Murmansk, Russia: Part Two “The Aura of Industrialization”

There is no possible way I can actually describe our visit to Murmansk during the city’s darkest days – as Sean and I said, it is something that just has to be experienced.  You can look at my photographs but, for me, the photos don’t do the city justice.  The feeling we experienced in Murmansk was really strange.  Beginning with a 27 hour train ride that transports you into the northern most regions of inhabited land, you begin to feel a sense of “nowhere” and of coldness and darkness….. and then you reach the outskirts of Murmansk.  When we first began approaching the city, my eyes were bulging out of my head as I stared at the edges of industrial wasteland that led to this glowing port city.  Once in the city center, there is an aura of life – but not life lived by the people….. its industrial machine life.  Glowing lights, black smoke (the air-quality was really terrible!), ships, fishing boats and gasoline tanks – right away, all I could think to myself was, “you are in an industrial wonderland, Lindsay!”  It was quite breathtaking – being in the arctic circle surrounded by mountains, snow and experiencing the strongest source of light via the aura of industrialization.  Shortly after arriving, we began to notice the sound of cranes constantly moving and the regular sound of a muffled voice shouting out commands to the workers in the port.  When you paired all of this industrial light and sound with the giant hillside covered in Soviet-style apartment buildings and the giant “Мурманск-Город-Герой” (Murmansk-Hero-City) standing at the forefront, you began to feel like you were in a most surreal place.  I told Sean, if ever I felt like I was part of the book 1984, this was it.  It wasn’t that the people were strange – it was a completely normal Russian city on that note – it was just the feeling you got when experiencing minimal daylight, industrial glow, the soldier on the mountain watching over the city, the commanding voice and the sound of cranes – that left you feeling like you were in some sort of alternative universe.  As I mentioned, it is something that can only be experienced to be truly understood.  Because I took so many pictures, I will make yet another post following this one, otherwise it might be overwhelming to look through the nearly 50 photos I really want to show of the city.  This first post will be photos of our first and last impressions – being our early afternoon walk as the light of day finally made it’s appearance around 1 p.m.  The second post will be from our mountain hike to the overseeing soldier, shortly before daylight dwindled at 4 p.m.  Somewhere in between the two hikes up the hills, we had to change shoes and socks because our feet were frozen.

“Murmansk Hero-City” (Murmansk is one of the twelve former Soviet Union’s hero-cities; I’ve now been to four of them).

The glowing lights of evening – as viewed from our apartment window.

Rotting balconies.

Apartments on the hillside.

more apartments.

the green door I had to take a picture of.

Roadsigns – Watch for Children!

The glowing red ship.

The mountainside.

Sean in awe of the city view.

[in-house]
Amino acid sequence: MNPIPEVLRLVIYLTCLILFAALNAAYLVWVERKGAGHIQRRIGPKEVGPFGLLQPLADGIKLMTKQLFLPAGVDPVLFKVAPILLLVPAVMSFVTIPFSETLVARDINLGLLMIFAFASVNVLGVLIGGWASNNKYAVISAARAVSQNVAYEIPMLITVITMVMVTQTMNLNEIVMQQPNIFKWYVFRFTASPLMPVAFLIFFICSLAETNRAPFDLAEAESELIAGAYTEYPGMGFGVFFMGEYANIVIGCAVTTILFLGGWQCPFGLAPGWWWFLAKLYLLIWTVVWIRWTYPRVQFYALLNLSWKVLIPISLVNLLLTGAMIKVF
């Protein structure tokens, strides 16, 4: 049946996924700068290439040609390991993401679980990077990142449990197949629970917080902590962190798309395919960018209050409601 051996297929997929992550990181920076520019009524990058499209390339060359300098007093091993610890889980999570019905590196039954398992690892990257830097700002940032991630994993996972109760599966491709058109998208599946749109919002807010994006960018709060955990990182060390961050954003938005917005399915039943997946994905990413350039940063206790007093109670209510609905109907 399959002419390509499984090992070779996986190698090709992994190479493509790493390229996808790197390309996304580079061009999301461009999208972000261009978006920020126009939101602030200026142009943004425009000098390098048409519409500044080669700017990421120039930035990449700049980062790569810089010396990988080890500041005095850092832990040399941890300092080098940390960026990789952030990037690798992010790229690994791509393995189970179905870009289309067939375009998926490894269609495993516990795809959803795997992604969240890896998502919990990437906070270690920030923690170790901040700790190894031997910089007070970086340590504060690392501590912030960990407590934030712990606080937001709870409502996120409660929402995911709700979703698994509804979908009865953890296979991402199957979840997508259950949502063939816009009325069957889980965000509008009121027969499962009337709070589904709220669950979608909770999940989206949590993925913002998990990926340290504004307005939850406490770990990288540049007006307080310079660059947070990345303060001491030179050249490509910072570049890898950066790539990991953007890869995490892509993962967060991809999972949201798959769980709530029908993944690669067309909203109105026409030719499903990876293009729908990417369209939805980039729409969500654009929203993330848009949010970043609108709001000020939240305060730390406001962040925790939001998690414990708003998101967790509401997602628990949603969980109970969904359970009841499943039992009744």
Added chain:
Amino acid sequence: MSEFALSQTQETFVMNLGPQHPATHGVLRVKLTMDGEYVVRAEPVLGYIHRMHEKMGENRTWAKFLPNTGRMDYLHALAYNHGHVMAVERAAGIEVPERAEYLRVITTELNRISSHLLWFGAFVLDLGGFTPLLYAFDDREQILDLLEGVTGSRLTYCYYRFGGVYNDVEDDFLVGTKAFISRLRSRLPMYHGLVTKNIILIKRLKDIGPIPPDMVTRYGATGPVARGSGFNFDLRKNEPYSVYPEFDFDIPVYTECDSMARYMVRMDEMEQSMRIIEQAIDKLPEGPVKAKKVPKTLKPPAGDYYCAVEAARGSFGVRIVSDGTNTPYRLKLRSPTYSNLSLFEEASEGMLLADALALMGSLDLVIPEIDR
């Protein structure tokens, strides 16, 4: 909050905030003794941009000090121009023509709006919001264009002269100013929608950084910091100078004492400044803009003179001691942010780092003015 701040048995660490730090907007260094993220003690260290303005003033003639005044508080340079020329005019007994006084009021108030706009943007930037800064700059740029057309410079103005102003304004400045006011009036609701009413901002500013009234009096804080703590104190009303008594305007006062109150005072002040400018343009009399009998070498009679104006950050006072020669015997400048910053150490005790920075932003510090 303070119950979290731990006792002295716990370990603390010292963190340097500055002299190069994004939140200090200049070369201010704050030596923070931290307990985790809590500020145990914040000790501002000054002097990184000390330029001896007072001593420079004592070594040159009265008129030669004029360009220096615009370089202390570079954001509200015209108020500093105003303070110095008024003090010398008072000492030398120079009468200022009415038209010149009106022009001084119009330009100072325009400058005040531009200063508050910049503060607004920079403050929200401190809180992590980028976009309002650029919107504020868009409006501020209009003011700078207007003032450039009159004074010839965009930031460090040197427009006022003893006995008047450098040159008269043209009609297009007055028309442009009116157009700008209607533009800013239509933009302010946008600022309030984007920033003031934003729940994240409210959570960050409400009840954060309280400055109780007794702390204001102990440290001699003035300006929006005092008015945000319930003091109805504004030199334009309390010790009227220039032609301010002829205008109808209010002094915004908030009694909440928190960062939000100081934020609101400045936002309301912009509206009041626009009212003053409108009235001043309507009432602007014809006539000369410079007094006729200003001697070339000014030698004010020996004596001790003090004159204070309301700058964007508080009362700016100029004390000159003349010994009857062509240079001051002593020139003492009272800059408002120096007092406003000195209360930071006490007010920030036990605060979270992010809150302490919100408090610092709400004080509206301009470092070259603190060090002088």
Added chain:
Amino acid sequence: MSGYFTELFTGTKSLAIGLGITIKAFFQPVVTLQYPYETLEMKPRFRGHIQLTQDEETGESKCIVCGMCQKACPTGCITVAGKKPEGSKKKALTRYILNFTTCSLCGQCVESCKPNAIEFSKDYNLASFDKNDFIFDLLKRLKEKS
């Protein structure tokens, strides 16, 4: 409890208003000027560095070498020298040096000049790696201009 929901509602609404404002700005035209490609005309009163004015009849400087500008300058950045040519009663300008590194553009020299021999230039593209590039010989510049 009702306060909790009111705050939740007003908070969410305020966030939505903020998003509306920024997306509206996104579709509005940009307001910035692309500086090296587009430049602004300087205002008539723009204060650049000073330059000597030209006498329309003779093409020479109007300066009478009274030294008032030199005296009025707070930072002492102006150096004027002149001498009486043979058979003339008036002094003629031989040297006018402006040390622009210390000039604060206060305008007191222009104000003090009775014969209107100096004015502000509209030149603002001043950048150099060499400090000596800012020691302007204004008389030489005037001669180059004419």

The Panorama Restaurant.

The Church on the Hill.

Another of the Panorama Restaurant.

Me jumping in front of the Church on the Hill.

Daisies on buildings.

and Tulips on buildings.

what other city would make a New Year’s tree from an unused crane arm?

The Murmansk seal, right next to the Meridian Hotel.

The Statue of Lenin – this was the day we left Murmansk, around 11:30 a.m.

The New Year’s Tree in city center – notice the glow off to the right…… another morning shot.

Although it’s hard to see from far away, it’s the “Murmansk-Hero-City” sign in the distance.

12 thoughts on “Murmansk, Russia: Part Two “The Aura of Industrialization”

  1. You took really wonderful pictures in Murmansk. I loved all of your three posts on this town, where I myself am going for a mini photo reportage in one month. My pictures will mainly be black and white, but whatever I choose for my photos it’s going to be hard to “beat” your fantastic shots 🙂

    • Thank you very much! I hope you enjoy your time in Murmansk – it is one of my favorite Russian memories from the year I spent there. Really cool city and very surreal. P.S. There is a great Ukrainian/Russian restaurant on the street we stayed on – can’t remember the name, but it’s the only one on Октябрьская.

  2. Hi Lindsay

    I am looking to go into the profession that is very similar to what you do in this blog. Could you tell me more about what you do? Is this your career, or just something you decided to do one day?

    Also, do you speak Russian, or any other language?

    • Hello – thank you for your comment. I wish this was my profession. I was a political science student at a University in Saint Petersburg, Russia and I used to be a photographer. My blog makes me no money, at this point – traveling in Russia is something I love to do and wish I could do for a living 🙂 I speak some Russian and of course, English (also a small understanding of Spanish and French). I hope to spend a good amount of time traveling in Russia in the future and will continue my blog. Thanks for checking in and I hope you keep reading 🙂 Sincerely, Lindsay

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